Friday, December 16, 2011

Calling Ourselves Writers

I recently suggested that there are no writers--at least not in the sense that there are doctors, medical schools, and a well defined course of preparation and practice in order to become one.

Have I now committed political suicide by flip-flopping? 

No. This is another example of the contradictions inherent to the writing life that you must wrap your head around.

My earlier point was that aside, perhaps, from becoming a tenured writing professor there are no established and accepted career paths that will, if followed, make you a nationally-acclaimed novelist. The only common denominator among the handful of people we would generally recognize as writers is that they wrote a lot for a long time. Schooling, jobs, writing habits--everything else was incidental from a predictive perspective.

And yet there is a time when it is important to call yourself a writer.

Sarah Callender, at Write it Sideways said,
"I don’t know about you, but for a long time, whenever a well-intentioned someone asked what I did professionally, I instantly became a mammering, mealy-mouthed mugwump. It just felt so audacious, not to mention goofy, to utter the sentence, “I’m a writer!’"

"Until one day it hit me. My under-confidence was far more damaging to my own work, to my own creativity, than [a friend's] over-confidence was to his dreams.

"We writers need to see ourselves as writers so that others will see us as writers.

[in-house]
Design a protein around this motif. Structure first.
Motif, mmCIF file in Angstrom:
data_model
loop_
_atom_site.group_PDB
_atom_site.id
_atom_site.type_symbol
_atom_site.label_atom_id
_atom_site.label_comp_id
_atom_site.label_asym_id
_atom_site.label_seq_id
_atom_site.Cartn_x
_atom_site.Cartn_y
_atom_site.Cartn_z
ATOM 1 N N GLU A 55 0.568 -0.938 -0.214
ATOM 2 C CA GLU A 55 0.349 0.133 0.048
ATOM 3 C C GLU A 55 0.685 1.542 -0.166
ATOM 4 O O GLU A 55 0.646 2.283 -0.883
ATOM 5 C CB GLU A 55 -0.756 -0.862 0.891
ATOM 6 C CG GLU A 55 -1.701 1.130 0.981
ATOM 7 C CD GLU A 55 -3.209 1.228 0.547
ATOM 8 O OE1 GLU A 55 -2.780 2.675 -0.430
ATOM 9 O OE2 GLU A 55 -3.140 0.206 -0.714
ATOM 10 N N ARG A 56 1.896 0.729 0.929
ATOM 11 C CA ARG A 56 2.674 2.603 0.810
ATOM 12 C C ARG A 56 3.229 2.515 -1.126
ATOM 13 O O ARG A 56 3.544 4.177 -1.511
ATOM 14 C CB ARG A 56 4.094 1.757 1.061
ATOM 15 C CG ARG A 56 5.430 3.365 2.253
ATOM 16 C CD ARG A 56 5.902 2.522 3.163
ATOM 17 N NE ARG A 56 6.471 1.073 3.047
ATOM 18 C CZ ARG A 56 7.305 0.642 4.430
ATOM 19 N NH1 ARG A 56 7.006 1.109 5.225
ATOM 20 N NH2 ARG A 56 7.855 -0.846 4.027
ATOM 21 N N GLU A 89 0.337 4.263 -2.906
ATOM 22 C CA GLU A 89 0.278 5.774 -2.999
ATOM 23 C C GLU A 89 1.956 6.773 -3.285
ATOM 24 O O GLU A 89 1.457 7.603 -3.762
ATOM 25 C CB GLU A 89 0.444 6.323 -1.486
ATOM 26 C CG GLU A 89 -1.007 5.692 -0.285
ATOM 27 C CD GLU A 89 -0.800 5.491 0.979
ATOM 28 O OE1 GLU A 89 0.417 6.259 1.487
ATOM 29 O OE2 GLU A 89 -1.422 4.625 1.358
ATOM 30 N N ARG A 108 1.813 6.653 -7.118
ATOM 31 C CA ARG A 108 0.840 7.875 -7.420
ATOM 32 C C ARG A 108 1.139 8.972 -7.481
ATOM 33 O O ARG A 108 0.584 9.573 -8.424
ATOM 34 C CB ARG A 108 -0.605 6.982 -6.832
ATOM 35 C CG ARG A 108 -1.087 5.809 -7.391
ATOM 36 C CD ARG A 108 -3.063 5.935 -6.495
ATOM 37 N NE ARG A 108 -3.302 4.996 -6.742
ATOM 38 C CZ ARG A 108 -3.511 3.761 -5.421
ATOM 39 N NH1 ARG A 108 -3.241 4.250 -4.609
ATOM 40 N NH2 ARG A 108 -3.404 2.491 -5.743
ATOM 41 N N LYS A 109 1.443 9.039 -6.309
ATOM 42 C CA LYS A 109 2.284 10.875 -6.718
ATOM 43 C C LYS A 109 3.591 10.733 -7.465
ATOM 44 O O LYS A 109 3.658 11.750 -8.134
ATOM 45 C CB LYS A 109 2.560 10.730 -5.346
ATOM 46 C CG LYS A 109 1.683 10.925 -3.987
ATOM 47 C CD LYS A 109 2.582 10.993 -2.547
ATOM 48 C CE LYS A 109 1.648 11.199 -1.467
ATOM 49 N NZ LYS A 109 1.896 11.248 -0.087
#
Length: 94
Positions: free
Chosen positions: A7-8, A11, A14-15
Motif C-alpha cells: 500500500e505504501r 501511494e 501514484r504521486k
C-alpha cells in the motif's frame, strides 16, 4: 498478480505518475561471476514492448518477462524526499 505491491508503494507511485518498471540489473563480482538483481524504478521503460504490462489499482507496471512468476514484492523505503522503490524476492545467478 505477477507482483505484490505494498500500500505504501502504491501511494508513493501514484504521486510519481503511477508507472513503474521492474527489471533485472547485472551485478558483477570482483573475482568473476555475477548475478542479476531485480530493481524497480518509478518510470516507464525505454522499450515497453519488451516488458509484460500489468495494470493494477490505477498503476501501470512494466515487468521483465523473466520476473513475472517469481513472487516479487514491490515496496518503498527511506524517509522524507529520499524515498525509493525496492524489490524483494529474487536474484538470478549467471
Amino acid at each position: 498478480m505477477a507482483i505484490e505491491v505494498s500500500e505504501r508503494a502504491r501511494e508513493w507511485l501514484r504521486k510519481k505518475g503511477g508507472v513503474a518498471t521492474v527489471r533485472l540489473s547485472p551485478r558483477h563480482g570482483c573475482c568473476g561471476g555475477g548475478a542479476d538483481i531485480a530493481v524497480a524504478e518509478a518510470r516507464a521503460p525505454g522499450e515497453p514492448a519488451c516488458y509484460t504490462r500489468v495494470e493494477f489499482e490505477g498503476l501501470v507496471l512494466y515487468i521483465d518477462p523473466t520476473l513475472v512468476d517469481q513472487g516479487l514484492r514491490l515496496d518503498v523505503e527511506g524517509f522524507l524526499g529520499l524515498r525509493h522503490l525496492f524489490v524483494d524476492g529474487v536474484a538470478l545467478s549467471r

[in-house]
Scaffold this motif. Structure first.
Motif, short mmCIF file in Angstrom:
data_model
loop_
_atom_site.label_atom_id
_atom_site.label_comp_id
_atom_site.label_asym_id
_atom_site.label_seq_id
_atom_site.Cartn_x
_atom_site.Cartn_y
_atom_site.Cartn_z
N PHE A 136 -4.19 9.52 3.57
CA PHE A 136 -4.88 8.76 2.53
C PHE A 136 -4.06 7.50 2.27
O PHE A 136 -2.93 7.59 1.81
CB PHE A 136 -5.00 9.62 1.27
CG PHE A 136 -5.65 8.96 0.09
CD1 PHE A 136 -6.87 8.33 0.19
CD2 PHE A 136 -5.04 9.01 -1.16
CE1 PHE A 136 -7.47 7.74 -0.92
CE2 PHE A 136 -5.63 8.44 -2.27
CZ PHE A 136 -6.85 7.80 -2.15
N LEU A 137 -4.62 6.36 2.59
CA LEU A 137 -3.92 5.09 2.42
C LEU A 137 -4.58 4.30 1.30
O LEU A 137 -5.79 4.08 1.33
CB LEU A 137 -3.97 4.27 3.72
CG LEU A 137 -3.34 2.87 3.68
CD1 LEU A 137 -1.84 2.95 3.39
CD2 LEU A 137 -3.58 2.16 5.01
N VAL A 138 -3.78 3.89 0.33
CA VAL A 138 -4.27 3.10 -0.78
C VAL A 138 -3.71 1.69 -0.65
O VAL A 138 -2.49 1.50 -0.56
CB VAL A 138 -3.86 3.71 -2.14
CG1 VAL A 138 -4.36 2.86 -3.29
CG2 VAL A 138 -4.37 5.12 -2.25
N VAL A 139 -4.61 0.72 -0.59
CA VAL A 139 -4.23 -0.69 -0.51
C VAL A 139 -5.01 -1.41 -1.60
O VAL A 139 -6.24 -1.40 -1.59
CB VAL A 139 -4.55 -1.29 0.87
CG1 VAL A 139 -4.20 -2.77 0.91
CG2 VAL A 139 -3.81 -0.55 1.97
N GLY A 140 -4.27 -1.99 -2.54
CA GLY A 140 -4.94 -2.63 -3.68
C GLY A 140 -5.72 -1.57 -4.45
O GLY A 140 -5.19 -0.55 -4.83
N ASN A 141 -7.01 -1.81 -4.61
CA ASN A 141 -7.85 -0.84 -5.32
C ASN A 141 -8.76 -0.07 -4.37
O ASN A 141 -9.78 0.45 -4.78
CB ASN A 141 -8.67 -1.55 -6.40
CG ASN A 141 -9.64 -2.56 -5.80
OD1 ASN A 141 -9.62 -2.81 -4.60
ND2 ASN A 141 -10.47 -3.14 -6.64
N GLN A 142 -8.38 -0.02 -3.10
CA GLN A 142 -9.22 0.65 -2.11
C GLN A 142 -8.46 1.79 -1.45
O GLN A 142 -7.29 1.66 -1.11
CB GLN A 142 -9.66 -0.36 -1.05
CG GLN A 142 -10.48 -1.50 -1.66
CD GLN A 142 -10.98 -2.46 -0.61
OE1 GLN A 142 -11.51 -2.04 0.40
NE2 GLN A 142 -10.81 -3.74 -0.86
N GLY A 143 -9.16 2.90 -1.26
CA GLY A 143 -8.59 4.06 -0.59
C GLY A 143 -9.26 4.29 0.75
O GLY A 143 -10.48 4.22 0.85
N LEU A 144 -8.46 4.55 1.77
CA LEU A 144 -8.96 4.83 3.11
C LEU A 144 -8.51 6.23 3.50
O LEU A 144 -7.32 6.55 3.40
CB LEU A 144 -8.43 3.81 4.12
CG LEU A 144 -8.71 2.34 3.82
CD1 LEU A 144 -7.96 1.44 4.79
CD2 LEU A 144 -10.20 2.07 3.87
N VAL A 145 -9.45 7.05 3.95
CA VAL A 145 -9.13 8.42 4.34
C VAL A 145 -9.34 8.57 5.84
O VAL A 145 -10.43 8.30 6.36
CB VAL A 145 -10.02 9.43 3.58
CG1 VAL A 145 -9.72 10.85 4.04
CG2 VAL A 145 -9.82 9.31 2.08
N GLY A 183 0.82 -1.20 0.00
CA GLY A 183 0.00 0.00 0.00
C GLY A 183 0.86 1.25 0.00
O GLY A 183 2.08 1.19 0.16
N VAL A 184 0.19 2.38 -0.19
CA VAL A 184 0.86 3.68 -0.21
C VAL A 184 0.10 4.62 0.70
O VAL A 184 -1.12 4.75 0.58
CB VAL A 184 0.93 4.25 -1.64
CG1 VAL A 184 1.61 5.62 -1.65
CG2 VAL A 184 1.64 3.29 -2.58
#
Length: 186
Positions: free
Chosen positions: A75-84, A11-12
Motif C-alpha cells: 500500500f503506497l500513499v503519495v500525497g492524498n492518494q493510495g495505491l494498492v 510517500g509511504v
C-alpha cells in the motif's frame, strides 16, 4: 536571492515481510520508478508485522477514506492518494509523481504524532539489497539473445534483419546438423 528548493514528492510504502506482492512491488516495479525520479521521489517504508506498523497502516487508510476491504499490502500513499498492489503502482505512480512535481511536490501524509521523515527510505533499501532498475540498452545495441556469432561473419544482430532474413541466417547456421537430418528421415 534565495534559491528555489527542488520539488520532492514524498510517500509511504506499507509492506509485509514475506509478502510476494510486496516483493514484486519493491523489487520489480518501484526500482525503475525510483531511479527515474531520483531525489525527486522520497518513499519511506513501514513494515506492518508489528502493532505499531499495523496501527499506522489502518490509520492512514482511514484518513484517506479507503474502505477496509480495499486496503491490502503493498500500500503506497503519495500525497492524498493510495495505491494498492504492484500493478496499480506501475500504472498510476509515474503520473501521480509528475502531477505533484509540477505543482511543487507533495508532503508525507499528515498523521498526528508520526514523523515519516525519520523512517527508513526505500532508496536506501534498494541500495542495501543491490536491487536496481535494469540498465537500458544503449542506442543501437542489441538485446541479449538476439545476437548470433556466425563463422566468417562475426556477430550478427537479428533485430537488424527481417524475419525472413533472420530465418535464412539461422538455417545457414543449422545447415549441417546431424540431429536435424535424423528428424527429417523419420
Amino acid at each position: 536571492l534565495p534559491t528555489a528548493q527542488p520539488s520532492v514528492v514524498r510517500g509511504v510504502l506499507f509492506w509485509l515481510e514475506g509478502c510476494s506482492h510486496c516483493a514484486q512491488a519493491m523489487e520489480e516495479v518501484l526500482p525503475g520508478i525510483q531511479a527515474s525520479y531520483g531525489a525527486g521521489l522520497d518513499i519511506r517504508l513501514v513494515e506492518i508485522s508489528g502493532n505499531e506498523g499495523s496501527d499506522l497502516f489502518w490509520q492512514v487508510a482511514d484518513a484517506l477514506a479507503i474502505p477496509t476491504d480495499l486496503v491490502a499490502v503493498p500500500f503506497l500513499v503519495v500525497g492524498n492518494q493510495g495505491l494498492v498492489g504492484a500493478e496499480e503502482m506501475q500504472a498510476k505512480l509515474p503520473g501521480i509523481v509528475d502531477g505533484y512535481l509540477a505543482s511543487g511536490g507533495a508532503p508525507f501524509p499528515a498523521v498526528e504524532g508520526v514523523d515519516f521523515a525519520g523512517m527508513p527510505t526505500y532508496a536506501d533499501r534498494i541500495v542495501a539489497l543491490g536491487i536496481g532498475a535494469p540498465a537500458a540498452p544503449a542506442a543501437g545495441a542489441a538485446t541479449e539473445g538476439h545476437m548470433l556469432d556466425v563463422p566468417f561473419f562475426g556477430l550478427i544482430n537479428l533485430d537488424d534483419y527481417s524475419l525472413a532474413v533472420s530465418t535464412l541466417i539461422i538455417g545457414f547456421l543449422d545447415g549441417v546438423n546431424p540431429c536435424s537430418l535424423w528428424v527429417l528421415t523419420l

"But ... we writers need to do the very, very hard work that will give us the knowledge, the certainty, that even if we are still unpublished, even if agents aren’t wooing us, even if we’ve submitted to seventeen thousand contests and publications yet have no acceptances or prizes, we are writers because we put our tush in the chair and get words on the page every day."
Giving yourself permission to be what you're preparing for but have not yet achieved is very much in line with the phase of Dressing the Part from the arc of the Virgin's Promise. It is consistent with the making version of, "fake it till you make it."

How do you take the idea of yourself as a writer seriously when publication and public acknowledgement of you as a writer is years away?

By calling yourself a writer, you have both the permission and the obligation to make a dedicated effort. If you're serious, for example,  about keeping a job, you'll do what's necessary to get yourself out of bed, make yourself presentable, and arrive at work on time--and you'll do it every day of the work week. When other demands or distractions arise, you say, "I'm sorry, but I have to go to work." Thinking of writing as your job (or second job) may seem like a sure-fire way to leach all the joy out of it, but if you treat it as an indulgence you'll either feel guilty or succumb when another good thing comes along to occupy your writing time.

Similarly, calling yourself a writer means adopting the discipline of a writer. Discipline is more than simply writing each day (thought that's certainly a good start). The discipline that makes a difference means a focus not just on doing the job each day but on getting better at the job each day.

The key point, as Callender says, is that calling yourself a writer means you accept the "very, very hard work," that comes with the title. Writer isn't an entitlement, it's something you live up to.

Image: Photography by BJWOK / FreeDigitalPhotos.net